Continued from: https://patwoodblogging.wordpress.com/2012/10/14/the-reason/
Dad’s story (continued)
I don’t mind admitting it, I was scared. They were just children, but their conversation had rattled me. It was all I could do not to take Eva on one side and tackle her. Part of me believed it was bravado, that they had no intention of carrying out their threat, but part of me – well, you do hear of such things. In other people’s families, not mine. In other lives.
Later, as we sat at the polished oak dining table, looking out over the magnificent gardens, eating smoked salmon and asparagus, I realised I had walked into another life. I had stepped into an alternate reality, where people ate with the sort of fancy silverware I stole for a living. Where money was no object, where women put children down and picked them up again at will and where those small children dreamed of killing their mother.
I suppose the food was delicious; I couldn’t eat. Eva didn’t eat either.
‘Can’t we have fish fingers?’ She picked at her meal. ‘I don’t really like this pink fish.’
‘She’s not had this before,’ I began to explain.
‘No, I bet she hasn’t,’ Liza said. ‘Living hand to mouth as you do, I’m not surprised. Poor child is probably malnourished. We’ll fatten you up in no time, my darling.’
I had a sudden vision of a witch in a gingerbread cottage with children being fattened ready for the pot. Liza was unlike any witch I had ever seen in a book of fairy tales, yet the image persisted.
‘I don’t like pink fish either,’ Ryan said.
‘Don’t be ridiculous, of course you do. It’s your favourite,’ said the witch.
‘No, it isn’t. I hate it. And I hate you.’ He put down his knife and fork and slid from his chair. Eva followed suit and they stood for a second side by side looking at Liza with such venom, I shivered. It was a Midwich Cuckoo moment, their twin eyes filled with twin hate. And then they were gone, before either of us could speak.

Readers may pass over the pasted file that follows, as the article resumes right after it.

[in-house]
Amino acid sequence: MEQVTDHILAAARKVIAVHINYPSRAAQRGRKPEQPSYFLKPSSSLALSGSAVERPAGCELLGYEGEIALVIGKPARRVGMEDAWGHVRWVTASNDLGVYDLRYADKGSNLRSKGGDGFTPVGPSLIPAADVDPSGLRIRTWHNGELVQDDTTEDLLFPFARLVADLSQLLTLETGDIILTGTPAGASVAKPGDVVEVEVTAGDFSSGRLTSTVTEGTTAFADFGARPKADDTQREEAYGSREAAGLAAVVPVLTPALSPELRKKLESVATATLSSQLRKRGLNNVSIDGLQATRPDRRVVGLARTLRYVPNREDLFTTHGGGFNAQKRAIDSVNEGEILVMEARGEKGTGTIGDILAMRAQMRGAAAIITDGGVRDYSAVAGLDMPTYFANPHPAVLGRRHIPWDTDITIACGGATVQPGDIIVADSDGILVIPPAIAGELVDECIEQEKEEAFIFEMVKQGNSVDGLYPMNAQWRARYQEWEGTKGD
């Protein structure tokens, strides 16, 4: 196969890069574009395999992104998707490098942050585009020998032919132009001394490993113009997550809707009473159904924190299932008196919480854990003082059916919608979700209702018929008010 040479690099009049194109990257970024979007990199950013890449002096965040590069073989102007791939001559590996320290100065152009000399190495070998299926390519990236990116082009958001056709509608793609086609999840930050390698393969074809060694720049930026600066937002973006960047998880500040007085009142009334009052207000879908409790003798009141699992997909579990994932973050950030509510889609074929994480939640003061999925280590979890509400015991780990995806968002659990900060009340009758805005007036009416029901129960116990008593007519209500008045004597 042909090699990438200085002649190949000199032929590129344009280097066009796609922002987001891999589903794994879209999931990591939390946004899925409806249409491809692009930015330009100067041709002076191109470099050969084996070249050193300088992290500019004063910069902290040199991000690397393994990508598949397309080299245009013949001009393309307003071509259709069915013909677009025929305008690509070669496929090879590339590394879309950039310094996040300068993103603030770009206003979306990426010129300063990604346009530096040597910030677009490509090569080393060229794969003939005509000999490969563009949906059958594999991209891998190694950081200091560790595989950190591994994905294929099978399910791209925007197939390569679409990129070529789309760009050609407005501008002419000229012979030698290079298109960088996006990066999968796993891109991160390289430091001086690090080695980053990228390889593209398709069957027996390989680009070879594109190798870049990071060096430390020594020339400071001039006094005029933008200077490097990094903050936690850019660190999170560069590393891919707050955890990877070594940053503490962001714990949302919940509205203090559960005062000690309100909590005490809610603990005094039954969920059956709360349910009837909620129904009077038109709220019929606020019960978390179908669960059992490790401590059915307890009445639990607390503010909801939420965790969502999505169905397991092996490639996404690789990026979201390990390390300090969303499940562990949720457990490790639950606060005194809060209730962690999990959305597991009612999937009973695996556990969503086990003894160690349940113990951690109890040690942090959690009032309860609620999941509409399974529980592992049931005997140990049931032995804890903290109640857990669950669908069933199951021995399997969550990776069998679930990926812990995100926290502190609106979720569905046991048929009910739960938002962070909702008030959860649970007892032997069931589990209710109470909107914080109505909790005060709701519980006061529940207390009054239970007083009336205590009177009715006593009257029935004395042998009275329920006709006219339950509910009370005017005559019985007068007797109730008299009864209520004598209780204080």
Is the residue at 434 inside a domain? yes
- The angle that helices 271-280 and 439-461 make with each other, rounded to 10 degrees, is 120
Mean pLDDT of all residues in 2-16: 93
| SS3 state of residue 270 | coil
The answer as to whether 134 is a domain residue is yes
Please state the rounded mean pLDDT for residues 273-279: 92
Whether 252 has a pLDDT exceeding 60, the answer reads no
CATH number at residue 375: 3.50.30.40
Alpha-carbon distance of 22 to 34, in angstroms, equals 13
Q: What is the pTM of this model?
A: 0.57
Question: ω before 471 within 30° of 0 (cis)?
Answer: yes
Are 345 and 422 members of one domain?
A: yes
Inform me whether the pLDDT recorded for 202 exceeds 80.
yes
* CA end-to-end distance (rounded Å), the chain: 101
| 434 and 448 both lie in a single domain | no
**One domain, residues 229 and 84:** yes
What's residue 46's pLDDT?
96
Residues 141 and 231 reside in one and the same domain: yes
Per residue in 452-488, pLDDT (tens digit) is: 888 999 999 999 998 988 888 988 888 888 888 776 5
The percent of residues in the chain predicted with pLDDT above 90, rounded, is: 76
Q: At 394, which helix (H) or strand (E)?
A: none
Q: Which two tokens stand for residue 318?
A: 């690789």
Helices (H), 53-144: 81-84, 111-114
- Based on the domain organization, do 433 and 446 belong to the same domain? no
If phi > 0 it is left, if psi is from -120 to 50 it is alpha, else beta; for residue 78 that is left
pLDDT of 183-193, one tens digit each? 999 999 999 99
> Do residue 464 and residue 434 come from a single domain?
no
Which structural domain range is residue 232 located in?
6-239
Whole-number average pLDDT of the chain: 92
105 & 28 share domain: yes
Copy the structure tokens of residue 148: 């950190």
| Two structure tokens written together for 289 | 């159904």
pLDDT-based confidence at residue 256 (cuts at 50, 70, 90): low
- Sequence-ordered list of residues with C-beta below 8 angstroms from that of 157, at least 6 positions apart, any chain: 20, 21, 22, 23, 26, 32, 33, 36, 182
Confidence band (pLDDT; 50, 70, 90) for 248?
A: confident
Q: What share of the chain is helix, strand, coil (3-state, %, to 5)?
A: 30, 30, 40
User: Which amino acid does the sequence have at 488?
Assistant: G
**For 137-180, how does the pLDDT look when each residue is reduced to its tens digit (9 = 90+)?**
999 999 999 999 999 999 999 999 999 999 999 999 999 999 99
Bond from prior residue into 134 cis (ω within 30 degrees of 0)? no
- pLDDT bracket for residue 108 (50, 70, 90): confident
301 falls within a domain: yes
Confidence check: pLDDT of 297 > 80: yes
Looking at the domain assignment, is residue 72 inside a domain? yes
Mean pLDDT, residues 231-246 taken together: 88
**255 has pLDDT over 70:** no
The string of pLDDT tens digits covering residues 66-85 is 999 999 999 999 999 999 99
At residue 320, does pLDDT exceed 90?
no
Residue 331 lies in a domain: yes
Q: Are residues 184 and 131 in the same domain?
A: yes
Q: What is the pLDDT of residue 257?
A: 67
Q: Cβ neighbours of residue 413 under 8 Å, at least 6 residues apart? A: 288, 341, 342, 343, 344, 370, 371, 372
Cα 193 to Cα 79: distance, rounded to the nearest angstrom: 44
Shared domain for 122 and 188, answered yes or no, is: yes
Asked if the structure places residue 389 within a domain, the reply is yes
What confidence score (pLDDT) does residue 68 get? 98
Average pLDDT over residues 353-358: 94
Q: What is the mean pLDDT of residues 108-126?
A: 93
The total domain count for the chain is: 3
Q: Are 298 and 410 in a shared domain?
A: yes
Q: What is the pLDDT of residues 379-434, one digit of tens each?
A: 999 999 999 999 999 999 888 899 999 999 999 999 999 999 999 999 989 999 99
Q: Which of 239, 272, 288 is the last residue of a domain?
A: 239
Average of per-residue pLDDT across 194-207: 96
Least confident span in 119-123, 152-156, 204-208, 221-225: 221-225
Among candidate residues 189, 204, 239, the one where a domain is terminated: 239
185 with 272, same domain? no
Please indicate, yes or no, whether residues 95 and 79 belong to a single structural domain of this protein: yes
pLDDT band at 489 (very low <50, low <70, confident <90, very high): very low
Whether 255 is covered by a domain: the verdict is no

‘It’s going to take a while for them to get used to the new order of things, but they’ll come round.’
‘I think you might be under-estimating their strength of feeling. Let’s take this more slowly. Have a few visits like this and see how things are in, say, six months.’
‘No, we’ll stick with our plans. You always were a quitter.’ She threw her napkin on the table, picked up a bottle of whiskey from the dresser and left me alone.
I couldn’t have slept even if I wanted to: I was alert to every sound and the old house made many, creaking and groaning as it cooled from the heat of the day. Midnight was long gone, the clock crept on past two. I was almost at the point of sighing with relief, when I heard them. I slipped off the bed – I hadn’t even undressed – and followed their whispers down the stairs to the kitchen. Where I caught them, each with a broad bladed cook’s knife raised in an experimental stabbing mode.
Disarming them was easy. They were eight and I am a big man. Eva burst into tears and Ryan turned puce with embarrassment and rage. I caught his raised fists and pulled both of them to me, holding them tightly in one arm, whilst losing the knives into the sink.
‘How did you know?’ Eva sobbed.
‘I heard you plotting.’
‘Will we go to prison?’ Ryan’s voice was just a whisper and I realised he was trembling. ‘How long will we get?’
‘No. You won’t go to prison. We’re not going to tell a soul. And you will not stab your mother, either. I’ll sort it. Don’t worry.’
‘She won’t change her mind,’ he said. ‘No matter what you say, she won’t change her mind.’
‘Would it be so awful, having Eva to live with you?’
He shook his head and gave a rueful smile. ‘I quite like her now. She’s all right. For a girl.’
‘I still don’t want to come. I hate her. And I don’t want to live here without you. England is so far away and you don’t have any money and you won’t be able to afford the fare and you won’t be able to come and see me and then you’ll try and steal some money and be caught and go to prison and then you really won’t be able to come and see me and – I’ll die without you, I know I will.’ There was a fresh burst of tears.
‘Then I’d better stay as well.’
She stared at me in amazement.
‘I could probably conduct my career here in America as well as I can in England. And if all the houses around here are like this one, I should be able to make a pretty good living.’
‘But that would be perfect. Oh, Daddy, I love you.’ She threw her arms around me and hugged me so tightly, I nearly burst into tears as well.
‘It’s all going to work out all right, after all.’
I nodded and smiled at them.
So that was the reason I wanted to stay.
And if it didn’t work out, then I did know how to cut the brake cable on a car.